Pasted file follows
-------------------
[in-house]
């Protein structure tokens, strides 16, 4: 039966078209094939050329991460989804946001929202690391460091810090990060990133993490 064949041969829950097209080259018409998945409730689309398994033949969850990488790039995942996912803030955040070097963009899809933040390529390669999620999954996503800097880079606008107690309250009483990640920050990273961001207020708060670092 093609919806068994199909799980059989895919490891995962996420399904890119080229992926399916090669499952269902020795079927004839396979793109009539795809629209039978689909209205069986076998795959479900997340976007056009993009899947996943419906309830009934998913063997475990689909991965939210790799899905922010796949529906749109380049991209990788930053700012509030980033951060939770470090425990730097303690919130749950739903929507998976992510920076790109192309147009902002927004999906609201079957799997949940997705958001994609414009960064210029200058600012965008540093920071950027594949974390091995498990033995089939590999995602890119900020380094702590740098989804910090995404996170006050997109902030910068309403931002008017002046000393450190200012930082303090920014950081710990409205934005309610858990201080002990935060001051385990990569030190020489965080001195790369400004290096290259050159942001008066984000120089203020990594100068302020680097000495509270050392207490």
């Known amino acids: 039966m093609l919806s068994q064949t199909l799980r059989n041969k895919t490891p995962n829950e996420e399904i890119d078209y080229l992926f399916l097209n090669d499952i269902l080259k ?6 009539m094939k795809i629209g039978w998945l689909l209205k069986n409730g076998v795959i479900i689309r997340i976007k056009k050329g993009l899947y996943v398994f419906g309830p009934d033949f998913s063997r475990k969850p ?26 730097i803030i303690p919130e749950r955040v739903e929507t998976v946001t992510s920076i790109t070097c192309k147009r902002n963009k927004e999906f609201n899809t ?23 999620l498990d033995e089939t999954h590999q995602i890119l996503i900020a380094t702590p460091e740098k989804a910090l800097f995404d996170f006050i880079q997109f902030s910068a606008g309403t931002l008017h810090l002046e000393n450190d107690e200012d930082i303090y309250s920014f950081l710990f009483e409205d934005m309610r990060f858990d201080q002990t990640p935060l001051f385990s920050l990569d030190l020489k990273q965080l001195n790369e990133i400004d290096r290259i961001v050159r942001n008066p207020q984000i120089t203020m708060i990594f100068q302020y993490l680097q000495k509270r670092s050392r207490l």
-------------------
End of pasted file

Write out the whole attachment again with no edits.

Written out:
[in-house]
């Protein structure tokens, strides 16, 4: 039966078209094939050329991460989804946001929202690391460091810090990060990133993490 064949041969829950097209080259018409998945409730689309398994033949969850990488790039995942996912803030955040070097963009899809933040390529390669999620999954996503800097880079606008107690309250009483990640920050990273961001207020708060670092 093609919806068994199909799980059989895919490891995962996420399904890119080229992926399916090669499952269902020795079927004839396979793109009539795809629209039978689909209205069986076998795959479900997340976007056009993009899947996943419906309830009934998913063997475990689909991965939210790799899905922010796949529906749109380049991209990788930053700012509030980033951060939770470090425990730097303690919130749950739903929507998976992510920076790109192309147009902002927004999906609201079957799997949940997705958001994609414009960064210029200058600012965008540093920071950027594949974390091995498990033995089939590999995602890119900020380094702590740098989804910090995404996170006050997109902030910068309403931002008017002046000393450190200012930082303090920014950081710990409205934005309610858990201080002990935060001051385990990569030190020489965080001195790369400004290096290259050159942001008066984000120089203020990594100068302020680097000495509270050392207490």
């Known amino acids: 039966m093609l919806s068994q064949t199909l799980r059989n041969k895919t490891p995962n829950e996420e399904i890119d078209y080229l992926f399916l097209n090669d499952i269902l080259k ?6 009539m094939k795809i629209g039978w998945l689909l209205k069986n409730g076998v795959i479900i689309r997340i976007k056009k050329g993009l899947y996943v398994f419906g309830p009934d033949f998913s063997r475990k969850p ?26 730097i803030i303690p919130e749950r955040v739903e929507t998976v946001t992510s920076i790109t070097c192309k147009r902002n963009k927004e999906f609201n899809t ?23 999620l498990d033995e089939t999954h590999q995602i890119l996503i900020a380094t702590p460091e740098k989804a910090l800097f995404d996170f006050i880079q997109f902030s910068a606008g309403t931002l008017h810090l002046e000393n450190d107690e200012d930082i303090y309250s920014f950081l710990f009483e409205d934005m309610r990060f858990d201080q002990t990640p935060l001051f385990s920050l990569d030190l020489k990273q965080l001195n790369e990133i400004d290096r290259i961001v050159r942001n008066p207020q984000i120089t203020m708060i990594f100068q302020y993490l680097q000495k509270r670092s050392r207490l």